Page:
When checking out the friendly facade of a future project along the 1900 block of E. Huntingdon St., we strolled further NW along the 1800 block, in the direction of the El. Much like this recent proposal, there are actually two former industrial buildings that have their eyes set on residential additions. One has started to make tangible moves, while the other is still awaiting its first outward signs of action.

We first come across 1838 E. Huntingdon St., a warehouse not from the golden industrial era, but from the 1950s. We last stopped by here in the summer of 2021, when we got word of a 52-unit proposal that would involve a four-story addition to the building. We didn’t have any design specifics back then, but there are plenty of updates over these last 800 days or so. First off, zoning permits (and demo permits) have been issued. Secondly, the size of the project has been scaled back, with the 52-unit proposal now a 49-unit proposal – conveniently avoiding the mandated and lengthy trips through the Civic Design Review process. Lastly, we have renderings! CosciaMoos has designed a contemporary addition that will provide parking for seven cars, along with plenty of industrial/artist space, per the IRMX zoning requirements. The building’s non-protected facade will be saved, with the new portion stepping back slightly to offer the original structure some room to breathe. Let’s make our way around this site, which fronts E. Huntingdon, Jasper, and E. Hazzard St., to see what’s coming next.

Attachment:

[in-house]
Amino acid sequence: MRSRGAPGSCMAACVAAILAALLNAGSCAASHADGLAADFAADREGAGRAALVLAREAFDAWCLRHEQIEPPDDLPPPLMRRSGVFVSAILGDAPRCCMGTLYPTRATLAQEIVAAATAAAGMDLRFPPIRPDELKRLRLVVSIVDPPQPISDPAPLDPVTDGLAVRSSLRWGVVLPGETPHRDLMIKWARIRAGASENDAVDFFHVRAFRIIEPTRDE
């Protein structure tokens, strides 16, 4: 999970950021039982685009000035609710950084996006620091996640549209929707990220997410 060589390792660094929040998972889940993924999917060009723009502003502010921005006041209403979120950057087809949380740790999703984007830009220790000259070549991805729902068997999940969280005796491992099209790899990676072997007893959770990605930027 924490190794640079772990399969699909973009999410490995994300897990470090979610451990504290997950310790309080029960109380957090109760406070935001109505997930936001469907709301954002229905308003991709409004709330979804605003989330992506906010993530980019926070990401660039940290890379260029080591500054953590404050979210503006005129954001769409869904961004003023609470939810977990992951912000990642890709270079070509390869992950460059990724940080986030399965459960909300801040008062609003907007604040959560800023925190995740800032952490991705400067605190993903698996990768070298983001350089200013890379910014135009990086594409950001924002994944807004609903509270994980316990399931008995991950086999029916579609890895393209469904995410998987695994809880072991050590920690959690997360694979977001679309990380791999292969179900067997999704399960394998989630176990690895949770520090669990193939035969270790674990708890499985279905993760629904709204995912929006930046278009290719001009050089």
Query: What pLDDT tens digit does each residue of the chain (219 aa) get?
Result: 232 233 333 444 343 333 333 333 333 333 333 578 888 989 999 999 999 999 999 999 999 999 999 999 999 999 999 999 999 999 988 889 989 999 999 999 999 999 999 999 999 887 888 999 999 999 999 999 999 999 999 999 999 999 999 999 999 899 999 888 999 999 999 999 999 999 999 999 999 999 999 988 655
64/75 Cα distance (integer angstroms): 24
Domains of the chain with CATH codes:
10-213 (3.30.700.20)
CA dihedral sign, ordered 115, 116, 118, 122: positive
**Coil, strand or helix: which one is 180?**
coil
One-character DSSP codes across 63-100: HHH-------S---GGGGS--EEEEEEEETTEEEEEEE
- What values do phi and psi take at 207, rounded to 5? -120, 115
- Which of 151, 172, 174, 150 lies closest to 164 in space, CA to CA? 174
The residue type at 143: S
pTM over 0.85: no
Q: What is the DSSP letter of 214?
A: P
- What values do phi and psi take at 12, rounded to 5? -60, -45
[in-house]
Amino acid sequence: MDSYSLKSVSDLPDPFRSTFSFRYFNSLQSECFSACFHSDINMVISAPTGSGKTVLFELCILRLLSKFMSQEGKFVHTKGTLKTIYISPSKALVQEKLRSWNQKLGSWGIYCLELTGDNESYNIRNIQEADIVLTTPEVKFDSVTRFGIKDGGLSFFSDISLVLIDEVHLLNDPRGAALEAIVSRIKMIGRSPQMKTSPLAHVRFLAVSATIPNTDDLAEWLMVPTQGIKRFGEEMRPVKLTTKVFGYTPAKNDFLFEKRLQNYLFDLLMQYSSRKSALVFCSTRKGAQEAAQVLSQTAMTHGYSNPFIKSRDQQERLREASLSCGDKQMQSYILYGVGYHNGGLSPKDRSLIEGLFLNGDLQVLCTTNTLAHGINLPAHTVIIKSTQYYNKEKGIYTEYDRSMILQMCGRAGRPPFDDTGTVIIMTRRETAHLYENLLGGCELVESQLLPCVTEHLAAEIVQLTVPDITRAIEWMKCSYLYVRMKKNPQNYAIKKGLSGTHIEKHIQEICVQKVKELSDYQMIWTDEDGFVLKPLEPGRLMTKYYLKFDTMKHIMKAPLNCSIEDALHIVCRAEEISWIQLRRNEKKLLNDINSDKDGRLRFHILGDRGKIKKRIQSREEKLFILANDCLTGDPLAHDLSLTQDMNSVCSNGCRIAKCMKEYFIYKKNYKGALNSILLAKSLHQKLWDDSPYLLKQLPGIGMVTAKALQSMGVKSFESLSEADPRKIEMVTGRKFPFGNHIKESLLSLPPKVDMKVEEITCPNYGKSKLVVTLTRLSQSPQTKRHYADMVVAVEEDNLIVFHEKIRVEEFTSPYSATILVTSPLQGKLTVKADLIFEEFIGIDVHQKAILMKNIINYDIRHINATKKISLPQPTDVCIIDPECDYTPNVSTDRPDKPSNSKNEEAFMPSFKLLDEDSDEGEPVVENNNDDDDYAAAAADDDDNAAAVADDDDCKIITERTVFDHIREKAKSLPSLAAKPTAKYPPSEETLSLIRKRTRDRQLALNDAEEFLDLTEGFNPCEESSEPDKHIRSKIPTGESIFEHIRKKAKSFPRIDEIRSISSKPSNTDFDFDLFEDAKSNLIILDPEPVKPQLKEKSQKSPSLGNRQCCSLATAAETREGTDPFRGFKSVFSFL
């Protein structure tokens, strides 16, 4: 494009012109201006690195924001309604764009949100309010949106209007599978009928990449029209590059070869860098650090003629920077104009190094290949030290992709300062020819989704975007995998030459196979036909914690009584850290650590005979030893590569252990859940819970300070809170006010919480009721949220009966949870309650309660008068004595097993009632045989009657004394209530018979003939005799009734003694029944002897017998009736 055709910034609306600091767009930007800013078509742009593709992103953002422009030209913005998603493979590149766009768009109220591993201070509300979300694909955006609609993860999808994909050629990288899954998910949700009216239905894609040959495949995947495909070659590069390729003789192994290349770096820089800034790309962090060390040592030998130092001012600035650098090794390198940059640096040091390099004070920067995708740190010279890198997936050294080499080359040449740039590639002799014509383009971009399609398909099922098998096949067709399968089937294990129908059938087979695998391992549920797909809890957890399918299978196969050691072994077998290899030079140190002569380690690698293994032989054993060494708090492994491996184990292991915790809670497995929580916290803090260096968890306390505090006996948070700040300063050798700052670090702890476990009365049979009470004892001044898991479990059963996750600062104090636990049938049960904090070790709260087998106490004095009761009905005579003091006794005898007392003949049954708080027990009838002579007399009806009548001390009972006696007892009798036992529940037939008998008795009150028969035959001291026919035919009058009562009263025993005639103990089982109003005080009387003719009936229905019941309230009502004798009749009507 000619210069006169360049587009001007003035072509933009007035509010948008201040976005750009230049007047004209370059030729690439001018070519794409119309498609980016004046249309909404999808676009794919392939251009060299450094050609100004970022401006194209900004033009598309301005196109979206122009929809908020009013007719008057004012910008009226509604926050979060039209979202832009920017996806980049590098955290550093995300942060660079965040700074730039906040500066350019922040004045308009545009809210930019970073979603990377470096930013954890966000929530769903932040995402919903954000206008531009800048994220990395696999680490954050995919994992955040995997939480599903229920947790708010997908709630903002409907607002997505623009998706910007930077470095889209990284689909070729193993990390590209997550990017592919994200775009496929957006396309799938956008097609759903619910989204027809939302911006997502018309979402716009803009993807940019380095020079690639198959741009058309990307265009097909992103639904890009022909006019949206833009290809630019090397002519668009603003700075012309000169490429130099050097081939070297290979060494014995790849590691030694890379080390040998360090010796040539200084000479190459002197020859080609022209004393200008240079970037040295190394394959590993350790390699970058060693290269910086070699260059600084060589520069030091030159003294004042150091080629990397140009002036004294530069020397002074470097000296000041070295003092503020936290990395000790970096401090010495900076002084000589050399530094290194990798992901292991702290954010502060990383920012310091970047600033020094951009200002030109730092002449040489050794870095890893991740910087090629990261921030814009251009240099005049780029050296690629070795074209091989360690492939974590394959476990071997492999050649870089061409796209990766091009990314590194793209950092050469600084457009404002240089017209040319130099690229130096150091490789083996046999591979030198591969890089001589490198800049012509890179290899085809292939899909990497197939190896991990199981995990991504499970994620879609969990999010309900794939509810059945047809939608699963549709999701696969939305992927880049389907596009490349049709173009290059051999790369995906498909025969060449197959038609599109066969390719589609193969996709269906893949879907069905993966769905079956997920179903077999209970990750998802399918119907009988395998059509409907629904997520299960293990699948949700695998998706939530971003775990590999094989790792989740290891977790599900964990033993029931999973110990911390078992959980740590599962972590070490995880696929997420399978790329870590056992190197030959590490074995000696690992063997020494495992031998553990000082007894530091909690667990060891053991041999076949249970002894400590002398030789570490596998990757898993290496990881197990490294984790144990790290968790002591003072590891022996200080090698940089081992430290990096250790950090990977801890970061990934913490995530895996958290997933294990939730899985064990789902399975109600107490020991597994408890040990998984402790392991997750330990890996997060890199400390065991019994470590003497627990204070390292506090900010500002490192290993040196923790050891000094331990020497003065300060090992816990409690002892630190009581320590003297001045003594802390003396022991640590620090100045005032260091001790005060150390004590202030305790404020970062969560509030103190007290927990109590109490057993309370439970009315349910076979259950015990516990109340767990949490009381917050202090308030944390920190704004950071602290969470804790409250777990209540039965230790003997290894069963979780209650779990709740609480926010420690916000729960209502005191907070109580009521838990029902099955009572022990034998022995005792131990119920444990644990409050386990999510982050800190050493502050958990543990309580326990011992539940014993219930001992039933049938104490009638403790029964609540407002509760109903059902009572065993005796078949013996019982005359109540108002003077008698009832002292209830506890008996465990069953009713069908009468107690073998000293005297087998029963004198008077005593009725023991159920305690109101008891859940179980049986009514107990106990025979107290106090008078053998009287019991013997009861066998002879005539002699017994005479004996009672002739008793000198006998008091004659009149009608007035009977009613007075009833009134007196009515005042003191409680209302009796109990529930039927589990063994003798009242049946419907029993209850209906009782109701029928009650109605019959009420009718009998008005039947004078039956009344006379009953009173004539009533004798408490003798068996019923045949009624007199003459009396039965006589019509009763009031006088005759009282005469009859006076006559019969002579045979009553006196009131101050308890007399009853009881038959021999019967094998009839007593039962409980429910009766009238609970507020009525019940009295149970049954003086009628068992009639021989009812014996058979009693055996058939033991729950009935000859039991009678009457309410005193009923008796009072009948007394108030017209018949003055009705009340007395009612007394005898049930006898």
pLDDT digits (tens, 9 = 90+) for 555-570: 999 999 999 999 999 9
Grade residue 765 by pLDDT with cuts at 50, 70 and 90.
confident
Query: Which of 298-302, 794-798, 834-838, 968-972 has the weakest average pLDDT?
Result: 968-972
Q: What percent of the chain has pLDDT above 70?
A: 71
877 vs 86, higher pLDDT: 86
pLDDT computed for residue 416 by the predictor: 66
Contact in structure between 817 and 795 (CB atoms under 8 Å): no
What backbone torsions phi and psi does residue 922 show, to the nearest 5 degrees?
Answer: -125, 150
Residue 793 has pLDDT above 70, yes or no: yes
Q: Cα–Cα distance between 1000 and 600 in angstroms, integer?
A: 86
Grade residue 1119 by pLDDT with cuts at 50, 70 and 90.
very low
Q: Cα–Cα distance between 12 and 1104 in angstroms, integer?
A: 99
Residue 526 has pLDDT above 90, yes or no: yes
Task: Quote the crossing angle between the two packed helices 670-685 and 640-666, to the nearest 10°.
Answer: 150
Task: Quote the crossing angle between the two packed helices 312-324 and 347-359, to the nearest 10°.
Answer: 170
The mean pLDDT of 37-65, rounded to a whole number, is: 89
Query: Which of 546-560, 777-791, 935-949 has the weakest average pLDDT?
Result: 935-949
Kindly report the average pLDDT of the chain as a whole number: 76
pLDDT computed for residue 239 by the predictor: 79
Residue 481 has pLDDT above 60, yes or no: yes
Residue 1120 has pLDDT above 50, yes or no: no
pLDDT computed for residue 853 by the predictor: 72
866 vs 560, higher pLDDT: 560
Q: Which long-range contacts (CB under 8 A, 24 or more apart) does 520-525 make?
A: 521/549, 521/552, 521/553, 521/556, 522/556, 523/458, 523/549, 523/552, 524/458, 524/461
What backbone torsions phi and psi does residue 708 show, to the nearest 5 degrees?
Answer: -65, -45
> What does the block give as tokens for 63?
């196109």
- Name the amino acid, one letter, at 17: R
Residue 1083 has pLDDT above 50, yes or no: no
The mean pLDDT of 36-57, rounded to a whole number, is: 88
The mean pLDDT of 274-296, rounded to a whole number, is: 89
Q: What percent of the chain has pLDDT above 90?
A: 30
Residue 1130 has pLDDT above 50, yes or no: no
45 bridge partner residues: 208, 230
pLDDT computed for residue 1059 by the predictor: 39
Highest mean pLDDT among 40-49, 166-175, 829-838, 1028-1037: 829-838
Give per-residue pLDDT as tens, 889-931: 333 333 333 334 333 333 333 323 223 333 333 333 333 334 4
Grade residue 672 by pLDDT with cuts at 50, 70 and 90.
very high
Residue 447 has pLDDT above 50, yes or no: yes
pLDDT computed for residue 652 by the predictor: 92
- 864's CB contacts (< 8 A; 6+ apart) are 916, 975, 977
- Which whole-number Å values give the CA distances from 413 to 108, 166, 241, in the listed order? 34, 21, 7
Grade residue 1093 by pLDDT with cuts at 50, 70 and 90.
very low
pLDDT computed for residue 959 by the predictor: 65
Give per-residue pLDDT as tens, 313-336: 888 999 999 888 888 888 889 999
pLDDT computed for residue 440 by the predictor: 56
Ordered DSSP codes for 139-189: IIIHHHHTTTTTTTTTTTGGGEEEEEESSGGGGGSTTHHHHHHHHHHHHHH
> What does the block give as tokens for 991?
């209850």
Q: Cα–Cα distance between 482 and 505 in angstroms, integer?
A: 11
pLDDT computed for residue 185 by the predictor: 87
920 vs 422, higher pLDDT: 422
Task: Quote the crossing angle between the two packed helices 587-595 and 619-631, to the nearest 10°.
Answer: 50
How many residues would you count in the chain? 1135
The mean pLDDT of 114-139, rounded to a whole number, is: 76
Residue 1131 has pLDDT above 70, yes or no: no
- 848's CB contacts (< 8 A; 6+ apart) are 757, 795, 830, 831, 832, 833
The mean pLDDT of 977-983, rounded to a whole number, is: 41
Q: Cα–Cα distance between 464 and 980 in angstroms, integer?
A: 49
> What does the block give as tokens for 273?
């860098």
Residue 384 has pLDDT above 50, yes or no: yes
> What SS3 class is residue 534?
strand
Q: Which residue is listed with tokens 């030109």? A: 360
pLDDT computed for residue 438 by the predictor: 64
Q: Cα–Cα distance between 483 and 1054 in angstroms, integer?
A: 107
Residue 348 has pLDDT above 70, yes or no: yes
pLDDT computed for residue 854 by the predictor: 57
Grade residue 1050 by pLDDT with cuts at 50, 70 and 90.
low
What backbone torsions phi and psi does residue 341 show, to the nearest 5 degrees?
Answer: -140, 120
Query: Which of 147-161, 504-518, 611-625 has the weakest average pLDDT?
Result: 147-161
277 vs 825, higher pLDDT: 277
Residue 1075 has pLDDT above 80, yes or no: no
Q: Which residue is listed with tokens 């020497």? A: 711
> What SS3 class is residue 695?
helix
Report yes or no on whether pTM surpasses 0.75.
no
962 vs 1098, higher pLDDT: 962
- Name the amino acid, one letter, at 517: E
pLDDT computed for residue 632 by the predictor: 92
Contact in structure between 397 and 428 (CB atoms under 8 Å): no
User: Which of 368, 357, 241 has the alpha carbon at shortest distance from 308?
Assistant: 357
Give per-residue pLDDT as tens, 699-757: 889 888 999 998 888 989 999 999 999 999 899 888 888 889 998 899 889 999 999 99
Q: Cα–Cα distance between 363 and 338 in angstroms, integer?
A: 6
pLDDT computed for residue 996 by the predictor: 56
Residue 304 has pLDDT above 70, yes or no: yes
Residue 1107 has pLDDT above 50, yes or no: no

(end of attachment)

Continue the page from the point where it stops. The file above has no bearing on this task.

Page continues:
1838 E. Huntingdon St. and its Huntingdon-fronting facde
Looking towards the El on Huntingdon shows the scale of the overbuild
The Jasper St. frontage, showing signs of demo inside
A look at the future Jasper St. views
A look at the corner of Jasper & E. Hazzard today
Looking the opposite direction along E. Hazzard in the future

While construction permits have yet to be issued, we are love seeing this transit-oriented development seemingly move full steam ahead. We’re pleasantly surprised to see the facade being reused, keeping the rugged architectural vibe intact. Looking just across the street, there is yet another project at 1807 E. Huntingdon St. with a similar approach that has yet to get started. This project, developed by Smith & Roller and designed by JKRP, has a similar approach up its sleeve, this time with 80 units included in an overbuild and a new construction component. Ground floor industrial/artist spaces will also be part of the plans here, with about one-third of the apartments designated for those at 80% of the local AMI or below. A zoning permit for demolition has been issued here and the CDR process has given this the thumbs up, but we couldn’t see any visible signs of action when we checked things out.

A view of 1807 E. Huntingdon St. today, a former textile factory
A subtle-yet-modern overbuild and addition planned for the site
A closer look at the new construction portion, which would rise on a fenced-off lot
A closer look at the old and new

So we’re talking about another 130 units or so and a boatload of retail, all within a two-minute walk to the El. Additionally, there are plans for the former Textile National Bank next door, which could soon be a food hall and event space – definitely a step-up from its current vacant state. Fun fact: this building is the only historically protected building on E. Huntingdon in the entire city.

The former Textile National Bank, E. Huntingdon's only protected building

Could this actually be an approach that works for (almost) everyone? With transit-accessibility, affordable units, architectural preservation, and a variety of commercial uses to come, these couple of blocks are the exact type of mixed-use community that we love to see grow. From our view, we hope to see more of this type of approach across every part of the city.